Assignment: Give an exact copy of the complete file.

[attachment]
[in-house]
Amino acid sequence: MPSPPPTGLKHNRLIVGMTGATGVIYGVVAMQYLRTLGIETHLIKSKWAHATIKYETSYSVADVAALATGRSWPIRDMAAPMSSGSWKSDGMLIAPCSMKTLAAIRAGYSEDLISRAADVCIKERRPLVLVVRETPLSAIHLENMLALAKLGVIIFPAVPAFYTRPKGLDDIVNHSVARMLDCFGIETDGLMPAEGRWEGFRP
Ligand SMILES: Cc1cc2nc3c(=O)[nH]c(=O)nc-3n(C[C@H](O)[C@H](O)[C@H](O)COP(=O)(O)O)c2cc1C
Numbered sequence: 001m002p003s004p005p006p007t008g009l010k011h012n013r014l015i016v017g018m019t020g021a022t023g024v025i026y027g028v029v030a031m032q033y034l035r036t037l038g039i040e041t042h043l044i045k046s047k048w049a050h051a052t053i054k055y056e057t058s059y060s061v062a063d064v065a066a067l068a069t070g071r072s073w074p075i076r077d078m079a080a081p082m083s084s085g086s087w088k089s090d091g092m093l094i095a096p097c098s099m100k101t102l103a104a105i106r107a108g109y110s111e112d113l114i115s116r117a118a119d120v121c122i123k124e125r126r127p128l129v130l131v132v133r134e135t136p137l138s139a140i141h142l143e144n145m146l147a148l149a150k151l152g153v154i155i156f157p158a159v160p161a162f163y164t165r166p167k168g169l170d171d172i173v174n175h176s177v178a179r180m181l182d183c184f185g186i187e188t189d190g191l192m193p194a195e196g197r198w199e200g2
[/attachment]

[in-house]
Amino acid sequence: MPSPPPTGLKHNRLIVGMTGATGVIYGVVAMQYLRTLGIETHLIKSKWAHATIKYETSYSVADVAALATGRSWPIRDMAAPMSSGSWKSDGMLIAPCSMKTLAAIRAGYSEDLISRAADVCIKERRPLVLVVRETPLSAIHLENMLALAKLGVIIFPAVPAFYTRPKGLDDIVNHSVARMLDCFGIETDGLMPAEGRWEGFRP
Ligand SMILES: Cc1cc2nc3c(=O)[nH]c(=O)nc-3n(C[C@H](O)[C@H](O)[C@H](O)COP(=O)(O)O)c2cc1C
Numbered sequence: 001m002p003s004p005p006p007t008g009l010k011h012n013r014l015i016v017g018m019t020g021a022t023g024v025i026y027g028v029v030a031m032q033y034l035r036t037l038g039i040e041t042h043l044i045k046s047k048w049a050h051a052t053i054k055y056e057t058s059y060s061v062a063d064v065a066a067l068a069t070g071r072s073w074p075i076r077d078m079a080a081p082m083s084s085g086s087w088k089s090d091g092m093l094i095a096p097c098s099m100k101t102l103a104a105i106r107a108g109y110s111e112d113l114i115s116r117a118a119d120v121c122i123k124e125r126r127p128l129v130l131v132v133r134e135t136p137l138s139a140i141h142l143e144n145m146l147a148l149a150k151l152g153v154i155i156f157p158a159v160p161a162f163y164t165r166p167k168g169l170d171d172i173v174n175h176s177v178a179r180m181l182d183c184f185g186i187e188t189d190g191l192m193p194a195e196g197r198w199e200g2